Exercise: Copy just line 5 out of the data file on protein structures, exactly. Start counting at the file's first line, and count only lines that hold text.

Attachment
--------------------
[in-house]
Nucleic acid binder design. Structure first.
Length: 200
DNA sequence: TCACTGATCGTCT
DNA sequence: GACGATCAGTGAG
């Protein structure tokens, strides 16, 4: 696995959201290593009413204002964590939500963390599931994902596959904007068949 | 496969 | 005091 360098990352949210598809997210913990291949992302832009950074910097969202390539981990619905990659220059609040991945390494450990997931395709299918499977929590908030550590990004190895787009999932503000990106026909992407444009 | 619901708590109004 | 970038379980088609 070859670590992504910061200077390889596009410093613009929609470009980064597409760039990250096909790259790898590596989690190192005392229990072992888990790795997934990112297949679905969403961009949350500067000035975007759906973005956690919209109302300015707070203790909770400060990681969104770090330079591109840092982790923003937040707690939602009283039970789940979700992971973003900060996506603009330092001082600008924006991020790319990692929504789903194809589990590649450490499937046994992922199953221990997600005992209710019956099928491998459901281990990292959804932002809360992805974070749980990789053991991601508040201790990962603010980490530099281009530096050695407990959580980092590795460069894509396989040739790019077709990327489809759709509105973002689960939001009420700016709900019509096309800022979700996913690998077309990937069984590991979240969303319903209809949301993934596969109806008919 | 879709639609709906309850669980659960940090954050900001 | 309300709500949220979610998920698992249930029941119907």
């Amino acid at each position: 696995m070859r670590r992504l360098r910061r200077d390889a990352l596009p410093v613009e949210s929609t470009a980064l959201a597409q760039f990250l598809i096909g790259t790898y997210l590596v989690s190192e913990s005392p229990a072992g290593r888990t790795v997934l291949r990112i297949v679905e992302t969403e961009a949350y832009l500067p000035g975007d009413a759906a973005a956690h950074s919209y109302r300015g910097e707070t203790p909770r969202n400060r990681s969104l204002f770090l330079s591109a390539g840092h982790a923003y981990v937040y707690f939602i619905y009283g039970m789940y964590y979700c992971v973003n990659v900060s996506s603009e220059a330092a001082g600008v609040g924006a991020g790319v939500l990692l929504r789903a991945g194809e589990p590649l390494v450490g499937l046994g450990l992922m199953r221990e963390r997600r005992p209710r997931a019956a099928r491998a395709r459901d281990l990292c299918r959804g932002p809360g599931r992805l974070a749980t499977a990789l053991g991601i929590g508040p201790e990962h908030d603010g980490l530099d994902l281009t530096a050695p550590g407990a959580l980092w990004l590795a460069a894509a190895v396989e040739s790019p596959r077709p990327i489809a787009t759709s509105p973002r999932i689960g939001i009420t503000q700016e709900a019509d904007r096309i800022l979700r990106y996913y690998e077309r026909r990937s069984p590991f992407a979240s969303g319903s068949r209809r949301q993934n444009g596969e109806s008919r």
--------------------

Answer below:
DNA sequence: GACGATCAGTGAG